How To Effectively Master Your Camera's Exposure Meter
Throughout this series of articles, I’ve encouraged you to use manual mode and sought to explain the benefits of doing so.
Hopefully while reading my previous discourse, lights went on and you had a revelation. Manual mode does not have to be as complicated as you thought.
Using your monitor as a guide to set your exposure takes away the mystery. It shows you the magic. All you need to do is manipulate the exposure triangle settings;
- Shutter speed
If you can’t use your monitor or want to avoid the three downsides of monitor use, you’ll need to understand your camera’s exposure meter.
What is An Exposure Meter?
The exposure meter is technology built into every modern camera. It translates light values into digital information. This guides you to set your camera’s exposure correctly.
Looking through your viewfinder you can see this information displayed. It typically looks like this.
When the exposure is set correctly, according to the meter, the indicator will be at 0. If you cannot see the indicator lightly press the shutter release button to turn it on.
After a short period the meter will turn off and you will not see the indicator. Many Canon cameras this period is very short so you need to keep turning it back on.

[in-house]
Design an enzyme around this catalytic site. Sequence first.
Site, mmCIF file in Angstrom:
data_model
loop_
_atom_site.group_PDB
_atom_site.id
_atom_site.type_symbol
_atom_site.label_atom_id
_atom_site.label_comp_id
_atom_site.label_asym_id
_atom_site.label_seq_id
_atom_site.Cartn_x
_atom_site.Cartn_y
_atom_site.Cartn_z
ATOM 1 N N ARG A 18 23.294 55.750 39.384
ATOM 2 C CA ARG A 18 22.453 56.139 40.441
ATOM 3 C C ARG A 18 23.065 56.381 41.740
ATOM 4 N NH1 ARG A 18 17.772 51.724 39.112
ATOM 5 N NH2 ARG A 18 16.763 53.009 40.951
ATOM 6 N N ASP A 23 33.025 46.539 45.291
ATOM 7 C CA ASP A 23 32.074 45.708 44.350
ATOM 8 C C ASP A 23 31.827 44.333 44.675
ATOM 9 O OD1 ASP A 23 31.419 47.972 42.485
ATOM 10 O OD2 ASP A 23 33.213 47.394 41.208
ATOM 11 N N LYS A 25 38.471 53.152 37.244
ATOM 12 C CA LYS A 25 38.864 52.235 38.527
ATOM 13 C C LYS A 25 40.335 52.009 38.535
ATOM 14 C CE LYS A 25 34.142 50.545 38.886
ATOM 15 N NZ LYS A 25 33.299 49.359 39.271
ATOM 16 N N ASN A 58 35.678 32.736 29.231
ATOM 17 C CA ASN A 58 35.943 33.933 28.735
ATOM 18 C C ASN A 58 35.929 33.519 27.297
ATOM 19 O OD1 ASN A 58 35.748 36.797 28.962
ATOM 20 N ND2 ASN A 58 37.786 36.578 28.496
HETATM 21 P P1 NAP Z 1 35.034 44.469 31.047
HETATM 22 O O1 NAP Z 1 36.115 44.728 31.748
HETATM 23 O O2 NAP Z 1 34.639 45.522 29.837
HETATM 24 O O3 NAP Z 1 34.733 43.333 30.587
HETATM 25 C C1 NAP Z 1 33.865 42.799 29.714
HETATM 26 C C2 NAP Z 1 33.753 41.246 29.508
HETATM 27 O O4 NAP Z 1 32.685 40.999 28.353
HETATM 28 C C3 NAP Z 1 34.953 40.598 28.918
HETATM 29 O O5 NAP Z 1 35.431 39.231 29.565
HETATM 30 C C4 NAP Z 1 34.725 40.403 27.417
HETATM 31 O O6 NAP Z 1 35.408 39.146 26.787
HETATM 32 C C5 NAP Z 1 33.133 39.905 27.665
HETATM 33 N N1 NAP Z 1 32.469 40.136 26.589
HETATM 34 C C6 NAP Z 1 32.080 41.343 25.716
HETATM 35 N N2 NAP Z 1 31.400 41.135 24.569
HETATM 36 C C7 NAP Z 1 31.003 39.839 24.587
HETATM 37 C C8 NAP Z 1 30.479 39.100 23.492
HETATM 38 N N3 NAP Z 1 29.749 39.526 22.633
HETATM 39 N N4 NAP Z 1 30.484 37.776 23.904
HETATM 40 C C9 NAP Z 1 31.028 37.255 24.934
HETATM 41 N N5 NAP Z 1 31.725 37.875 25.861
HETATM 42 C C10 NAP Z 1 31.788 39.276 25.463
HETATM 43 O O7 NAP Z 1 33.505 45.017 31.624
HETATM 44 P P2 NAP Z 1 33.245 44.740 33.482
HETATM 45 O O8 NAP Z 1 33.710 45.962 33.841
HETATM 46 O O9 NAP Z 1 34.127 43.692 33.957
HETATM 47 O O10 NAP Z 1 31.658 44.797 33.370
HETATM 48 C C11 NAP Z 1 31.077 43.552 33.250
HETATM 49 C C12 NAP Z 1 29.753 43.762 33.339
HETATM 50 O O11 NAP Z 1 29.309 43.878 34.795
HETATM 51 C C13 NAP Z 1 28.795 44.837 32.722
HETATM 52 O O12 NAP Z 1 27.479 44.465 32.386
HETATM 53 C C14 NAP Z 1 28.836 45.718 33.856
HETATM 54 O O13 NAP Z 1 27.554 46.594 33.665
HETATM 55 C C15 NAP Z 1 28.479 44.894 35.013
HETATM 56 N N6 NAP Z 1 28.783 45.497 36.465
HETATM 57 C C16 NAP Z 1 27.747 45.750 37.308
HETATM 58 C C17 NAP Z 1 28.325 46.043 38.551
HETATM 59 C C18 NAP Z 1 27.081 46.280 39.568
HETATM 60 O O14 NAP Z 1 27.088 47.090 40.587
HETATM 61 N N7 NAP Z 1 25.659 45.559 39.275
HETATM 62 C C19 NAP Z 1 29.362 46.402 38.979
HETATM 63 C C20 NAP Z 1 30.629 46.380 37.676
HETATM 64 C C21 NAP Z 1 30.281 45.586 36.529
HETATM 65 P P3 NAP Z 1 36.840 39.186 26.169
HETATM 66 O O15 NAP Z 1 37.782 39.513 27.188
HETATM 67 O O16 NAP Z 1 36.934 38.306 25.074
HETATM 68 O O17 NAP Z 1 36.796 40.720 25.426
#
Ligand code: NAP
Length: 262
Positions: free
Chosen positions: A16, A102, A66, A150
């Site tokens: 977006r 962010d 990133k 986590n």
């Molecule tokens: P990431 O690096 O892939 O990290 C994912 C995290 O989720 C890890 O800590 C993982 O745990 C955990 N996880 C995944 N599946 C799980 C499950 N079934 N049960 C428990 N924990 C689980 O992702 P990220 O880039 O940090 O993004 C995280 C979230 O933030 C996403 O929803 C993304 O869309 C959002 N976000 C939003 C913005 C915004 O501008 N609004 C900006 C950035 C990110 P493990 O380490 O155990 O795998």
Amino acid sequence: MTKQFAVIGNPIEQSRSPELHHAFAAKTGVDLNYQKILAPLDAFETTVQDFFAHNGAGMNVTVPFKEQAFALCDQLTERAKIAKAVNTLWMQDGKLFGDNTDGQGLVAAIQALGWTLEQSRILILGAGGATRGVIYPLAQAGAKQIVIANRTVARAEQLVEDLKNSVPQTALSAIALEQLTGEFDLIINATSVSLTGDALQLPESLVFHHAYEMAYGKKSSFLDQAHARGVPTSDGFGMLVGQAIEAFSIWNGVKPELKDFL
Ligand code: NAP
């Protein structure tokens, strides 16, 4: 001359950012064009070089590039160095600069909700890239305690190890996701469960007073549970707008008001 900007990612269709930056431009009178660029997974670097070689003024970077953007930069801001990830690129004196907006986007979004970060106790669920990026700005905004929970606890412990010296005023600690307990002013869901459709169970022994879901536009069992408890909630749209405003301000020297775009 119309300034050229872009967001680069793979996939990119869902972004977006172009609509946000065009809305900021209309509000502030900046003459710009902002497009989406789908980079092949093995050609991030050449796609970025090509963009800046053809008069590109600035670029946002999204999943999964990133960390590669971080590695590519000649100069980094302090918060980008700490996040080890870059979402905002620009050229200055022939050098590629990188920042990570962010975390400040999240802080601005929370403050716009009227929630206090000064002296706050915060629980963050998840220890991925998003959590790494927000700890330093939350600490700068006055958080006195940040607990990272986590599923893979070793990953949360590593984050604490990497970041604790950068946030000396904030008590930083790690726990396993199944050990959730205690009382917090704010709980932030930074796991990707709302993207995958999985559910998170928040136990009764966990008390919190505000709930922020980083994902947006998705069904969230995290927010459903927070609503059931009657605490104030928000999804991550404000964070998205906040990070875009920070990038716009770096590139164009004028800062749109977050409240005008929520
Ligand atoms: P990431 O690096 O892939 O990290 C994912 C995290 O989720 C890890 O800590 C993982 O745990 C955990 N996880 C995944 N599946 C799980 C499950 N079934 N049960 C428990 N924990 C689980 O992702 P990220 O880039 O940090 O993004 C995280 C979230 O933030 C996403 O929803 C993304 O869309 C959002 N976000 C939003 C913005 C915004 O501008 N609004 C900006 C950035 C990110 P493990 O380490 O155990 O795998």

How Do You Set The Exposure So The Meter Reads 0?
When you put your camera to your eye and see the meter indicator is off the left or right, the exposure needs adjusting.
You will see a – symbol at one end of the meter readout and a + at the other end. These let you know when not enough light or too much light will reach the camera’s sensor as you take a photo.
Seeing the indicator towards the – symbol you will need to choose a wider aperture, (lower f-stop number,) or slower shutter speed, (lower number.)
When the indicator is more towards the + this means at these settings the photo will be overexposed. You need to adjust the aperture to make it smaller, by choosing a higher f-stop number. Alternatively, you can choose a faster shutter speed, a higher number.
Changing the ISO setting will also affect your exposure. I prefer not to change it unless the light changes dramatically. When your aperture is at its widest setting and the shutter speed it the slowest practical, you will need to set your ISO to a higher number.